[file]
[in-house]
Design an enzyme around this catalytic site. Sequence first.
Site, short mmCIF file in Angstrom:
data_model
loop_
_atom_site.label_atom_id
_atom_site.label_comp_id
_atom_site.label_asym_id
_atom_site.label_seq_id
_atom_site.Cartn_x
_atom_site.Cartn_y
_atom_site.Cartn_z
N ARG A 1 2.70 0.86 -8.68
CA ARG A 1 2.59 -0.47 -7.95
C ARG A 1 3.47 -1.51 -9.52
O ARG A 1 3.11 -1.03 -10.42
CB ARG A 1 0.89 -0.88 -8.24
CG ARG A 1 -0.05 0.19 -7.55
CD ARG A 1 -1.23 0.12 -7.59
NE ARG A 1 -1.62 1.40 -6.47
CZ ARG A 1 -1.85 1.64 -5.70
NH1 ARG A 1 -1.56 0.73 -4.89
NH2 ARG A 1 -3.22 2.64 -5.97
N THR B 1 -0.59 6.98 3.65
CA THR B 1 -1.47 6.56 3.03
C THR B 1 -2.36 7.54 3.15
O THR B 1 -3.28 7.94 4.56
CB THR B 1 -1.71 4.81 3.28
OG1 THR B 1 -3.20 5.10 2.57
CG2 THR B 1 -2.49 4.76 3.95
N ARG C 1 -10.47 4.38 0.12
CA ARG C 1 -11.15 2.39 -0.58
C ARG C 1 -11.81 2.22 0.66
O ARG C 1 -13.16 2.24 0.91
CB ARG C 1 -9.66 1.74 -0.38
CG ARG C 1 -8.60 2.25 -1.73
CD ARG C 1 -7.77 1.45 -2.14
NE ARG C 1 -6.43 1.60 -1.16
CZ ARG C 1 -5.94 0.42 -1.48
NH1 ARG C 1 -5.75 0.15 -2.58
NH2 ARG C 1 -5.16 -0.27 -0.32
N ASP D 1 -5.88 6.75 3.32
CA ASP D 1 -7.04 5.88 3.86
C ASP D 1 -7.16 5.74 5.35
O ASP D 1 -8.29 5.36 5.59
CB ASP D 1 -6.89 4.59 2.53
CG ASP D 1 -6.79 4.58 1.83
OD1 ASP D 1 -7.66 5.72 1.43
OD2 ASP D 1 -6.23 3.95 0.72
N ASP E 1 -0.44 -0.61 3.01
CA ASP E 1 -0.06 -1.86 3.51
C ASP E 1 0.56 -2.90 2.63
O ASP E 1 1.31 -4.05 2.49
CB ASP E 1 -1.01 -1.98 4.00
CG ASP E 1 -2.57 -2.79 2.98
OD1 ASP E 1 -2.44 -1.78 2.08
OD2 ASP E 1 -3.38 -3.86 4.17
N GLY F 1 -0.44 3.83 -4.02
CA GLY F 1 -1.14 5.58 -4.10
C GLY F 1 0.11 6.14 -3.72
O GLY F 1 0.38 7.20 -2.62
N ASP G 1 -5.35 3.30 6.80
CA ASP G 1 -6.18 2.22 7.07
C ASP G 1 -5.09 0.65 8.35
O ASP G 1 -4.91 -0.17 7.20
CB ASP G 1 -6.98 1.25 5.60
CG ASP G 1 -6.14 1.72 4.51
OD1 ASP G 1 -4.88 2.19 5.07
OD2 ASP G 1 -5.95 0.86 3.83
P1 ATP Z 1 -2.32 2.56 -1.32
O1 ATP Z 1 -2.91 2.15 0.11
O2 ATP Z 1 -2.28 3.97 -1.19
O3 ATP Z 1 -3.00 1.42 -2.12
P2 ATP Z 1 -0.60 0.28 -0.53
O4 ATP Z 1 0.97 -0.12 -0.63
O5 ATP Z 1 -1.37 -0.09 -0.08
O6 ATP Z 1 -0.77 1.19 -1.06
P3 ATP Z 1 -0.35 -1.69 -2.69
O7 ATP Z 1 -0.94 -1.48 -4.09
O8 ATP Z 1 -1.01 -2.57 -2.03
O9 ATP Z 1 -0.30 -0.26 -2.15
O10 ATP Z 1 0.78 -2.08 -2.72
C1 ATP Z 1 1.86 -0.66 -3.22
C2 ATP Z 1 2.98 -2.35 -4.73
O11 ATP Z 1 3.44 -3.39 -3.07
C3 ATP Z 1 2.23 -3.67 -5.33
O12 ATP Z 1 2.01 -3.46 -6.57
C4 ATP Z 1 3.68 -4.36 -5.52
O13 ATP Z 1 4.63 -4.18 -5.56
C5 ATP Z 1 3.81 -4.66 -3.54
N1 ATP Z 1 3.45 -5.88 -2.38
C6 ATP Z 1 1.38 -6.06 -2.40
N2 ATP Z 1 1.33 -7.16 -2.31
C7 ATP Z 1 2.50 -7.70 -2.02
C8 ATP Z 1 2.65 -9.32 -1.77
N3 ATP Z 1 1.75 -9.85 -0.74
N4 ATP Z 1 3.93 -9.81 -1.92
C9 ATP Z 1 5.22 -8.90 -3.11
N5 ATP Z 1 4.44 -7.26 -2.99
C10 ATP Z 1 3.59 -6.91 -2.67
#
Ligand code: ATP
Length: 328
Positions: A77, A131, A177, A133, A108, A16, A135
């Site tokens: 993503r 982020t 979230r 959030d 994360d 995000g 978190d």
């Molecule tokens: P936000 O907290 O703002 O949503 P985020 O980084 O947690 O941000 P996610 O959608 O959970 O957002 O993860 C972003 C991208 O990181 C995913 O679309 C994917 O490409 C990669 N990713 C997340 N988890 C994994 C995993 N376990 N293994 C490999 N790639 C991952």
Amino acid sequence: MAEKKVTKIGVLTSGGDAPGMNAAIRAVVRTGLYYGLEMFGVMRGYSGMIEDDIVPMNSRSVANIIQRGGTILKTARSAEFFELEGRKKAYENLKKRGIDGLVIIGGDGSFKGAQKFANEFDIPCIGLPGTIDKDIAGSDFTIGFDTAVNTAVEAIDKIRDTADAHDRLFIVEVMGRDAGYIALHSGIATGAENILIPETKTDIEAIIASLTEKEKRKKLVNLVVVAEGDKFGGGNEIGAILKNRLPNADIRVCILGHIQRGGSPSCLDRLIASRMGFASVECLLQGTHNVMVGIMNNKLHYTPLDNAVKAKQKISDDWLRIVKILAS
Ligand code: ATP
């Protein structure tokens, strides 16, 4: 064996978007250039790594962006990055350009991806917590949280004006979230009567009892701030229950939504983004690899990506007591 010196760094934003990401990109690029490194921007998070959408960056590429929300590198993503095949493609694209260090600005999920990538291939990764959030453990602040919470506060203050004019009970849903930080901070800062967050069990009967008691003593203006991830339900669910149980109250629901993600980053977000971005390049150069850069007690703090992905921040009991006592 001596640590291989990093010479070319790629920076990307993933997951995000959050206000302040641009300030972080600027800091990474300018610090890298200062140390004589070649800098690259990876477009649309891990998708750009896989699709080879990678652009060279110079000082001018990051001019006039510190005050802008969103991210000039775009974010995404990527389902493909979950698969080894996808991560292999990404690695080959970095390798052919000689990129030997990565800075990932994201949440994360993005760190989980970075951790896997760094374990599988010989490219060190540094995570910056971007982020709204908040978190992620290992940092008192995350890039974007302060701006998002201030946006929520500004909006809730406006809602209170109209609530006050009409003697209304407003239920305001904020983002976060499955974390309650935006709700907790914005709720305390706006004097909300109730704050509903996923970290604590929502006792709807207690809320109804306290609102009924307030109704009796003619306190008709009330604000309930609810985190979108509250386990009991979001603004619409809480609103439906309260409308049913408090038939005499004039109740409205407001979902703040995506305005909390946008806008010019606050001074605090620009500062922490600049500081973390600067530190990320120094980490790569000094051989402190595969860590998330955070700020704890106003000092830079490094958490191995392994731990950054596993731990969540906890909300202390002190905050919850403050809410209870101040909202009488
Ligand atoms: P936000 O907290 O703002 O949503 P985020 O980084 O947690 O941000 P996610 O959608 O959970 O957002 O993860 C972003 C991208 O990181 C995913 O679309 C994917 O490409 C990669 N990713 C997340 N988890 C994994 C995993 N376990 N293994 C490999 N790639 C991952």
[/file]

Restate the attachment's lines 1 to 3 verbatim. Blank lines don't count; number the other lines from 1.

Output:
[in-house]
Design an enzyme around this catalytic site. Sequence first.
Site, short mmCIF file in Angstrom: